I’m proud to be both an architect of agility (applying the principles of agility to the processes of a business so that the business achieves the ability to change its own processes in response to agile demands), as well as a person who can craft technology architecture that reflects the notion of agility itself (technology that can be set up to change rapidly in response to business events).

All of them at once, I suppose.

5 years, 10 months ago

All Effective Enterprise Architects Are Agile

I explained to one of my clients recently that there is a perception of animosity between the Enterprise Architecture community and the Agile community.  Both sides make assumptions about the other, often assumptions that are simply unfair.  For example, many in the EA community think of “agile practices” as an opportunity to develop software without any architecture at all, while many in the agile software development community think of architecture as one of the “big design up front” guys who oppose their principles and practices.  Of course, it is not difficult to find people who fit those unfair descriptions, but I’d like to point out how these two viewpoints are similar.

I believe that effective Enterprise Architecture must be approached from an agile standpoint. 

First off, what does it mean to be agile?  We can always look to the agile manifesto for some guidance, but more recent publications do a good job of filling in some of the details as well.  I include a number of things in the notion of “being agile.”  These are not just from the agile manifesto, but also Kanban and the Theory of Constraints, Systems Thinking, Six Sigma, Scrum, eXtreme Programming, and value stream analysis.

  • A focus on performing high-value activities, and removing low-value activities.
  • A focus on empowering the people who make things to make decisions about how those things should be made.
  • A focus on developing small increments of actual value on a frequent basis and getting direct feedback on them.
  • A focus on making sure that one thing is “done” before moving to the next, so that we reduce “debt” as we go.
  • A focus on modern practices that remove ‘deployment impedance’ like test driven development and continuous integration.

I follow the terminology of Sam Guckenheimer in calling this the “Agile Consensus.” 

We have to recognize that the “agile consensus” is an approach, not a methodology.  It is a way of thinking about dealing with problems.  More importantly, it is a way for dealing with complex problems.  The diagram below comes from Ken Schwaber (inventor of Scrum) who adapted it from Strategic Management and Organisational Dynamics, by Ralph D. Stacey.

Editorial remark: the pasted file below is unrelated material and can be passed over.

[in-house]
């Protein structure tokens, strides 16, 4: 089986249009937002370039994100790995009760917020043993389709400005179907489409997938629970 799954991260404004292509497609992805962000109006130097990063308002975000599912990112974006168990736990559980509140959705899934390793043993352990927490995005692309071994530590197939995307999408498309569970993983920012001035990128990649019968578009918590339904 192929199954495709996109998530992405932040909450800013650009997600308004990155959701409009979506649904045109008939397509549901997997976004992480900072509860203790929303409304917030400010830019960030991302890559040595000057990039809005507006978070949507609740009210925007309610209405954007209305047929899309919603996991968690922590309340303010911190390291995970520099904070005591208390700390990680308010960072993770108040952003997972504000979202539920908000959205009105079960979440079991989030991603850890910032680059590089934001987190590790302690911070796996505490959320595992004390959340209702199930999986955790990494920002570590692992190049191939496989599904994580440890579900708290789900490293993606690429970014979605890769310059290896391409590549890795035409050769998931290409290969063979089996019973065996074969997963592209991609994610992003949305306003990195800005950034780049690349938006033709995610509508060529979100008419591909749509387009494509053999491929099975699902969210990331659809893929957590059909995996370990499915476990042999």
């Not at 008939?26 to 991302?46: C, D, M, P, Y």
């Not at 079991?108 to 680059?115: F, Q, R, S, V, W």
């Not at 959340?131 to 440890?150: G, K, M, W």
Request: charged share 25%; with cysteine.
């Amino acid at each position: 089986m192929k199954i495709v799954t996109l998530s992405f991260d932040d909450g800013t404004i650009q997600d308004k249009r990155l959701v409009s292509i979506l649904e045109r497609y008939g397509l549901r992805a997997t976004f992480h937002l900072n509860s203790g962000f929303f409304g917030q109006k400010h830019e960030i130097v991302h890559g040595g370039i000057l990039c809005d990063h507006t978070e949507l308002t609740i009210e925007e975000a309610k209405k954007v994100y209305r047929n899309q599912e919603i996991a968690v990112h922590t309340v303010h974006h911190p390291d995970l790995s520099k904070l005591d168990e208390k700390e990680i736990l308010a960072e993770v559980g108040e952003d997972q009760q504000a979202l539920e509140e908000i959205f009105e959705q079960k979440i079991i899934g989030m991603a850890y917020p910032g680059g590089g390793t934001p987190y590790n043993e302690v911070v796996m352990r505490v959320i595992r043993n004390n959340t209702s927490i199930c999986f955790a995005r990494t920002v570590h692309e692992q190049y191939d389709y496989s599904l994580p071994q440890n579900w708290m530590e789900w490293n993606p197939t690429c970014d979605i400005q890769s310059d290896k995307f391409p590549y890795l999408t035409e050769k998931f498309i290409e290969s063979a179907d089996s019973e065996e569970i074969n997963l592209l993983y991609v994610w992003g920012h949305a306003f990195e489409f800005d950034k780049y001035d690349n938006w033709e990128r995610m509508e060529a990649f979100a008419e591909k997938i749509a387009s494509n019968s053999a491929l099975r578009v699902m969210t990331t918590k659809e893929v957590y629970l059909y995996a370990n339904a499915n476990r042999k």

When we look at the problems that software is being used to address, and if we look at the process of writing software itself, we have to recognize that both areas of problems typically fall into the category of “complex.”  Not always.  Some software is simply configured and configured simply.  Some problems that software addresses are simple problems.  However, most of the discussions around software development are fueled by people addressing complex problems because that is where most of the software development community works.  It is the bread and butter of software development: solving complex problems in a complex way.

Enterprise architecture also deals with complex problems.  EA models and information are also complex to build and manage.  In this way, EA is very similar to software development.  EA solves complex problems in a complex way.

In order for EA to be effective, it has to use the same mentality as agile software development.

When I speak with enterprise architects who are actually doing the job of EA, big themes quickly arise:

  • do the work that is highly valuable and don’t do the work that the business doesn’t value
  • build consensus where it actually lives, not where the “people from above” believe that it does
  • deliver value quickly and in increments that your stakeholders understand
  • leave your repository in a good state of completeness with all the data that others need to use it
  • build in the deliverable artifacts into the business processes that need it, so that you get immediate feedback

If this looks like the list above, that is intentional.  I am trying to point out that Enterprise Architects use agile ideas, even if they often don’t use the term “agile” to convey the message. 

Why use these techniques?  They work for complex problems. 

Can someone think of a more complex problem than helping to move an organization towards their goals? 

EA addressed complex problems.  Agile thinking helps them to do it.

6 years, 6 months ago

On the road to a Business Architecture Manifesto

One very powerful metaphor that has reverberated throughout the technical community, in the past few years, was the Agile Manifesto.  Created by a group of folks who wanted to communicate the principles that drove their thinking, the Agile Manifesto has been a very useful tool for deciding if a particular practice is being done well.  I think it may be time to build one for the Business Architecture space.

That said, I am by myself, sitting in my living room.  I am in no position to speak for the community of business architects.  So, this submission is a suggestion for content that could be useful when the conversation begins.  It is my personal opinion about the principles of business architecture.  I would hope to bring this material to a group of other BA practitioners, as my contribution, to develop a full consensus on business architecture manifesto.  

First off, in order to develop principles for business architecture, we need to describe the problem that we are trying to solve. 

The problem that business architecture solves

Business architecture is a relatively new field that addresses an old problem.  Most business people recognize the underlying truth: the structure and practices of your organization directly impacts your ability to deliver the intended value.  Whether we are talking about a military service, a civilian government agency, a non-profit organization, or a for-profit business, the structures and processes that a leader chooses to employ will impact the results that the organization will produce.  That includes both intended and unintended results.  So the basic problem is this: how do we deliver on our mission while maintaining our values?